What Is A Psychotherapist?
Updated September 26, 2018
A psychotherapist is a type of mental health practitioner which helps people but who is different from a psychiatrist or a psychologist. There are many different "psych" practitioners, and it can get confusing to understand the difference between them.
A psychotherapist is a term used to describe any professional who treats patients with emotional problems. Psychotherapists don't have to hold a psychiatric degree, such as social workers or counselors. The term is not one relating to the person's educational studies or specialization but merely an umbrella term. The terms "counselor", "social worker", and "therapist" are often used interchangeably. Some psychiatrists and psychologists also provide psychotherapy.
The average psychotherapist holds a Masters degree in psychology or another related field of graduate study such as social work or counseling. Psychotherapists get training in communication and interpersonal skills, mental health diagnoses, theories and practice of counseling, ethical standards, multiculturalism, and more. After graduating, clinicians have to pass an exam to become licensed with their state boards, and then practice therapy under supervision for a time before they can quality for independent licensure.
It is important when searching for a qualified therapist that you check with the state board in your state to see if they are licensed. There are other types of people that provide coaching or counseling, like Christian counselors and life coaches that do not need licensure. Therefore, it can be difficult to determine their level of experience or expertise.
What Is Psychotherapy?
Psychotherapy creates a relationship between the patient and the care provider by meeting together to talk. There are many different types of approaches that different therapists take, depending on their training and emphasis. While patients may initially turn to psychotherapy to deal with single problem, some psychotherapy is designed to look at patterns and recurring issues within the patient's life which have contributed to the problem. Some psychotherapists are used to changing the person's future by helping to change the patient's reactions and thought processes which resulted from past experiences into healthier mindsets.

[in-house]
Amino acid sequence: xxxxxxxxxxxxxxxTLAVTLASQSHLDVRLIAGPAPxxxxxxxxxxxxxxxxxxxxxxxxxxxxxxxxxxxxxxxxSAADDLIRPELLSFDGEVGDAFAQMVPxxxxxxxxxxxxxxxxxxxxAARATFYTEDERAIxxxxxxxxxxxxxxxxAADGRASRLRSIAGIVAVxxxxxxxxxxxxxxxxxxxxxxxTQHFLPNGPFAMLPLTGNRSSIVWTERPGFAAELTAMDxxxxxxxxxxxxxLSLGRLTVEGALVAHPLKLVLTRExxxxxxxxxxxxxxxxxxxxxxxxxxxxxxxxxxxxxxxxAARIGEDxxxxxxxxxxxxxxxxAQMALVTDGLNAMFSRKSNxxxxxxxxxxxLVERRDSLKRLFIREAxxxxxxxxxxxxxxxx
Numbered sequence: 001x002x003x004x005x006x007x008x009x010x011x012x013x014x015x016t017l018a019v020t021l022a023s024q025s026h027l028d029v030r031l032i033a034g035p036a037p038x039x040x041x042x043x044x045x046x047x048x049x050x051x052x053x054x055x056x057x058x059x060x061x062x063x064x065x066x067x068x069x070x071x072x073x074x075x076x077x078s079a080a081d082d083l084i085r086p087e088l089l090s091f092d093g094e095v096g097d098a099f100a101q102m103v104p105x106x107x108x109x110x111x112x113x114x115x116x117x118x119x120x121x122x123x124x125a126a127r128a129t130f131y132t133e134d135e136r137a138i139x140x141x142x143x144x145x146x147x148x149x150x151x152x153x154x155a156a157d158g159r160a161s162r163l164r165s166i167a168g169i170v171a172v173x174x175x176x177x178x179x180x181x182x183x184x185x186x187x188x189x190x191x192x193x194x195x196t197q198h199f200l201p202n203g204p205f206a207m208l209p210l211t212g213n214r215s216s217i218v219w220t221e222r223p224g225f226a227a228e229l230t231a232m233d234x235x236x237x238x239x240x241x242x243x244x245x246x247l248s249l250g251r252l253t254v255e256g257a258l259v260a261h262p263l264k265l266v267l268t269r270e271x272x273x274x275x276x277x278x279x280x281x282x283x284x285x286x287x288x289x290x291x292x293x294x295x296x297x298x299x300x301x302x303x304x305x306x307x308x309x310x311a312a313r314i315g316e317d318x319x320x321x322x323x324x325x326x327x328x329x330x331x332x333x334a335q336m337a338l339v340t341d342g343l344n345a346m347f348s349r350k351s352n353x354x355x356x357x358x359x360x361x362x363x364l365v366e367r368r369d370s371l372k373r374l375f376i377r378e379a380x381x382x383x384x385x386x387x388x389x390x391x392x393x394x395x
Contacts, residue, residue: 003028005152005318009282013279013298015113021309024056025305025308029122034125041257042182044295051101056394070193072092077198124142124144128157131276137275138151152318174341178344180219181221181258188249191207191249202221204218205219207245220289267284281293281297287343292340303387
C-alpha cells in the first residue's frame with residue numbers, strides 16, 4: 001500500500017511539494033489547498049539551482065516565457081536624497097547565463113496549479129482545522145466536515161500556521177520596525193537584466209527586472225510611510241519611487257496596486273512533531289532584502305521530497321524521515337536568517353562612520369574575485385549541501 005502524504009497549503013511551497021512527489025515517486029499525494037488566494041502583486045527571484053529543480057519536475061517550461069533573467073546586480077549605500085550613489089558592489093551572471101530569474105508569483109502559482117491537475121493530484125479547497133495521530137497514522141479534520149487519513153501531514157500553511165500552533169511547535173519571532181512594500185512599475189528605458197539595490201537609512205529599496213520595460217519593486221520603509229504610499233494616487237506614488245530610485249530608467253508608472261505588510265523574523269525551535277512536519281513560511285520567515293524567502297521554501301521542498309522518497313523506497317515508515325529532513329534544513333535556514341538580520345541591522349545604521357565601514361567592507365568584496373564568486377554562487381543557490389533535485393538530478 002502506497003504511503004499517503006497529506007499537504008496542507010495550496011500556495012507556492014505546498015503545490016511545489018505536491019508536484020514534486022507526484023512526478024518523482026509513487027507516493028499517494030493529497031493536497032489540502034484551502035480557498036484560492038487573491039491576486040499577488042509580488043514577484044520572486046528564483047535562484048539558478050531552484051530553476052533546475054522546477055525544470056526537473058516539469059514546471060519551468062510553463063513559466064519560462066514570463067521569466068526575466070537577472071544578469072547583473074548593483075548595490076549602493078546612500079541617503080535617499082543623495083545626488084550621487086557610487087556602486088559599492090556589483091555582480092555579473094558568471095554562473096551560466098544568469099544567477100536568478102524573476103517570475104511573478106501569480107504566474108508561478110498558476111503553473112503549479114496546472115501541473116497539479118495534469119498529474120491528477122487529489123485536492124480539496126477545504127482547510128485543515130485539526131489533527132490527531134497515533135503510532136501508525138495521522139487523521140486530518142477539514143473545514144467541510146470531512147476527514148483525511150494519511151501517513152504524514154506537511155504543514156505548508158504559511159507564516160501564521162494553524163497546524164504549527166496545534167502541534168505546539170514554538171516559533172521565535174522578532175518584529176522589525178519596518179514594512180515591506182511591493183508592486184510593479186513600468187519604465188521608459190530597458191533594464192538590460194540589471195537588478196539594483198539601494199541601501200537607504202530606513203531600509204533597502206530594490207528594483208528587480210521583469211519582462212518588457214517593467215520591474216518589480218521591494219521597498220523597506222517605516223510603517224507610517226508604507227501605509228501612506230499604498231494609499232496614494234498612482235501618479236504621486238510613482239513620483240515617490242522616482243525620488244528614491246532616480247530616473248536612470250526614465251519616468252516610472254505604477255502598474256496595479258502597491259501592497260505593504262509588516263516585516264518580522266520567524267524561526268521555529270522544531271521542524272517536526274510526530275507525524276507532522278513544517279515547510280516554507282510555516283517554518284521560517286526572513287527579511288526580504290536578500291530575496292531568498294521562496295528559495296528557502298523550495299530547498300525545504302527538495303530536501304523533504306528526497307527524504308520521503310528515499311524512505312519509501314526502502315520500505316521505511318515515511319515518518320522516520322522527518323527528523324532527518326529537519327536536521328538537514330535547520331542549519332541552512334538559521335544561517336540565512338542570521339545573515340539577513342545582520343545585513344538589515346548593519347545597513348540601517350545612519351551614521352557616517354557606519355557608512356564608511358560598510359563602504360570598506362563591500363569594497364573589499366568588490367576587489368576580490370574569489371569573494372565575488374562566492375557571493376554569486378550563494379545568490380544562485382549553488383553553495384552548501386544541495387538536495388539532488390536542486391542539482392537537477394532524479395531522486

Some counseling approaches focus more on problem solving and teaching new skills to cope with negative events. Most psychotherapists cannot prescribe medication but may have a relationship with another professional such as a psychiatrist who they can refer patients to who can prescribe medication if it is needed.
Many people see the iconic chaise couch and think about stigma associated with going to therapy, but the truth is therapy is different for everyone. Older approaches to helping people with mental health problems have tended to give way to new theories to meet modern society.
When to See a Psychotherapist
You don't have to have problems severe enough for a clinical mental health diagnosis to see a therapist, although therapists help people manage serious symptoms and conditions as well. Counselors and social workers simply understand that there are times when daily issues from mental health troubles are perhaps overwhelming, and you need support from a professional for a short time. Therapists listen without judgment. Therapy is intended for giving you the tools to deal with these problems and get people back to focusing on their goals for the present and future.